Swimming against the strikeout tide

Never in the history of Major League Baseball has the strikeout been as prevalent as it is in today’s game. The rate has risen every year and 2014 stands to break another record as the average strikeout rate in baseball is 7.73 strikeouts per nine. Even so, there are a few throwbacks to a bygone era whose current strikeout rates would not have been league average unless they pitched way back in 1981.

There are currently six pitchers who have pitched at least 50 innings who have a strikeout per nine rate less than 5.0 per nine. They are: Paul Maholm (3.96), Nick Martinez (4.22), Kevin Correia and Chris Young (4.48), Bronson Arroyo (4.92) and Kyle Gibson (4.93). Two of those pitch for the Twins.

It gets worse for the Twins from there. There are eighteen pitchers who have logged twenty innings or more this season with less than five strikeouts per nine innings and five of them are Twins. And Matt Guerrier would be on the list too if he had two more innings pitched. Throw them strikes, boys, and let them hit the ball!

The K/9 rate might not actually be the best way to look at strikeouts and pitchers. There is also strikeout percentage, which is all about the percentage of strikeouts per plate appearance rather than by inning. It might be a truer picture.

There are 21 pitchers whose strikeout percentage is less than 15% and who have pitched at least 50 innings. There are 55 who have done the trick with 20 innings or more. Just to give you some perspective, 20.3% is the Major League average. So these guys really are swimming against the strikeout tide.

Only one pitcher is averaging less than 10% for a strikeout rate with 50 or more innings and that is Paul Maholm. If you go to twenty innings or more, there are four: Mike Pelfrey (8.4% [!]), LaTroy Hawkins–otherwise known as Methuselah–(9.8%), Scott Carroll and Maholm at 9.7%.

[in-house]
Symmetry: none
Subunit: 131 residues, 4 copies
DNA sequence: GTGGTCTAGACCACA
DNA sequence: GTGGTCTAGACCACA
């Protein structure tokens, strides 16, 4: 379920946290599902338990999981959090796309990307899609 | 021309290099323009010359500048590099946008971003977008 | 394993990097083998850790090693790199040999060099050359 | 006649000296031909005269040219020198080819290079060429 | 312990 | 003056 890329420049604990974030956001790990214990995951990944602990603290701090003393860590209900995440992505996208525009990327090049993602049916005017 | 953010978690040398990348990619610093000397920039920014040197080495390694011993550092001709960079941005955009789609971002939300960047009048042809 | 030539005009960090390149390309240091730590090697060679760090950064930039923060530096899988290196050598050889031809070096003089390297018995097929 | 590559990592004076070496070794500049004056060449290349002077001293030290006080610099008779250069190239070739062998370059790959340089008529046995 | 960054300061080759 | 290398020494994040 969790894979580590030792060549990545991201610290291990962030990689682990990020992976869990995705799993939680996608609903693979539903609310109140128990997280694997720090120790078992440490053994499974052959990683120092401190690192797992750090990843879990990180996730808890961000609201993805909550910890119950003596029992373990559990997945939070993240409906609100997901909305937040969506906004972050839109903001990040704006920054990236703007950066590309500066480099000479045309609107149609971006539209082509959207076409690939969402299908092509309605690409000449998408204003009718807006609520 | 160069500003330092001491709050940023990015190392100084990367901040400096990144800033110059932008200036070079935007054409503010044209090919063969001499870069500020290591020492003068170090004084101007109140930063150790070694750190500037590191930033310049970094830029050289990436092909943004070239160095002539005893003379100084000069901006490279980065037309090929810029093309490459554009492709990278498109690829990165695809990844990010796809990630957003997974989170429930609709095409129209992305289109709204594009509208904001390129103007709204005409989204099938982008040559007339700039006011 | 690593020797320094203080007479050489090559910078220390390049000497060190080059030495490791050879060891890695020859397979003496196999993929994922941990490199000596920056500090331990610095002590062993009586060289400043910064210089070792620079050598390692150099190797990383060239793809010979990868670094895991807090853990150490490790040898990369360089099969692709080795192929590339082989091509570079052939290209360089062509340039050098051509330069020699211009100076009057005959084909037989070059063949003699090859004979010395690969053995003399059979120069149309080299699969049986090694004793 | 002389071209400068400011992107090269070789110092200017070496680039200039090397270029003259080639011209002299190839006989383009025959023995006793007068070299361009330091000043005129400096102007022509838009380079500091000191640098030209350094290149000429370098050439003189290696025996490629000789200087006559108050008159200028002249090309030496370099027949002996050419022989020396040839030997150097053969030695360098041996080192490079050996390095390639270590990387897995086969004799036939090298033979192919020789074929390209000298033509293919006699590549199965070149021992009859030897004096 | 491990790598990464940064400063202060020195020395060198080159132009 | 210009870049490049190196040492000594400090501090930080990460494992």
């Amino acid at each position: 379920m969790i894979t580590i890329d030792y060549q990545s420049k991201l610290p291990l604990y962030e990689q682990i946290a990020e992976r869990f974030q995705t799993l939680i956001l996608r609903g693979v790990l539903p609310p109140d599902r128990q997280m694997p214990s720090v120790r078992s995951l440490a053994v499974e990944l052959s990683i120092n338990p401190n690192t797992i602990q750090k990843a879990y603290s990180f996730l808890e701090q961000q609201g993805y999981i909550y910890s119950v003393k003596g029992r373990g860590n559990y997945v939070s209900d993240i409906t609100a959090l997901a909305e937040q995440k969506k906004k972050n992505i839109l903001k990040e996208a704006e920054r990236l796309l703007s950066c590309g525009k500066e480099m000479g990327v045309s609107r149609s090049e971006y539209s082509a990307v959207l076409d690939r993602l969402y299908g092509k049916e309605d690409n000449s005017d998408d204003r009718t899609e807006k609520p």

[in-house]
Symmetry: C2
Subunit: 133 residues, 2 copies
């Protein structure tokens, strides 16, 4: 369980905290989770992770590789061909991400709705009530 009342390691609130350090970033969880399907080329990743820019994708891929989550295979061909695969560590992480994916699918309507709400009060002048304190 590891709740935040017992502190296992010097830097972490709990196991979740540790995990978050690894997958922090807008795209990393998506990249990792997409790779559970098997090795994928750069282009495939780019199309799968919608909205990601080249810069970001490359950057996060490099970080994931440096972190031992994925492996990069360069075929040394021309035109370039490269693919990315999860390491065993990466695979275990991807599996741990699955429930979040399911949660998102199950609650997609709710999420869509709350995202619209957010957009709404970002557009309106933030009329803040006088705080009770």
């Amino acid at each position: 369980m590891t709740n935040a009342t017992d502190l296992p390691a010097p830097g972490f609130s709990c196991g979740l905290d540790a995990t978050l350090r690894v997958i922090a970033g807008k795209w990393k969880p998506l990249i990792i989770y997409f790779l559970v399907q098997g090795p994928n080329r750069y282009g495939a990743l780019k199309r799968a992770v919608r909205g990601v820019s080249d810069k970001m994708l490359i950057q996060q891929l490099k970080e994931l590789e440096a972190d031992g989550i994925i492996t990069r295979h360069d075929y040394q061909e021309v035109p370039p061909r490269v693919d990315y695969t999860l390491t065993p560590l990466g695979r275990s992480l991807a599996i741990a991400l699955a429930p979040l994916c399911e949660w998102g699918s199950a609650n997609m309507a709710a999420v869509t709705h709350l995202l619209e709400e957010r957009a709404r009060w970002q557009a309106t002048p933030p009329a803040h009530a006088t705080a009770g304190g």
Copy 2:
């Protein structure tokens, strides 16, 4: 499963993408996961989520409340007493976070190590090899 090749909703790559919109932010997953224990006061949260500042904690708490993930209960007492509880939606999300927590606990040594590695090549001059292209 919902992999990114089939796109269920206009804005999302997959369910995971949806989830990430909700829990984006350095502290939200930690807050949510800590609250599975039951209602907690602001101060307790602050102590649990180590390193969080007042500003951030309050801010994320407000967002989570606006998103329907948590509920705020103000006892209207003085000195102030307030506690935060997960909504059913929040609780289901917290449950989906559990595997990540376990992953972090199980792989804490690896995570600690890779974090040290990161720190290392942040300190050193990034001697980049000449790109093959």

For those who are close to Maholm with more than 50 innings, there is Nick Martinez at 10.7% in 59+ innings whose home ballpark is in Texas–not a good combination. Kevin Correia comes in at 11.3% followed by Chris Young at 12.2% and then by Eric Stults at 12.5%. These guys are fighting the tide and only Chris Young is somewhat succeeding with his offerings.

Last year, there were only five qualified starters who finished with less than 15% for a strikeout rate. The bottom two were Jeremy Guthrie and Kevin Correia. So far this year there are twelve. I don’t know if that means there are more exceptions to the rule this year than last or that injuries have forced teams to go with more pitchers who do not fit today’s pitching mold.

What I do know is that ten years ago (2005) there were 42 qualifying pitchers that finished with a strikeout percentage of less than 15%. While to this point, twelve is more than the two from last year, we can easily see that this is a dying breed.

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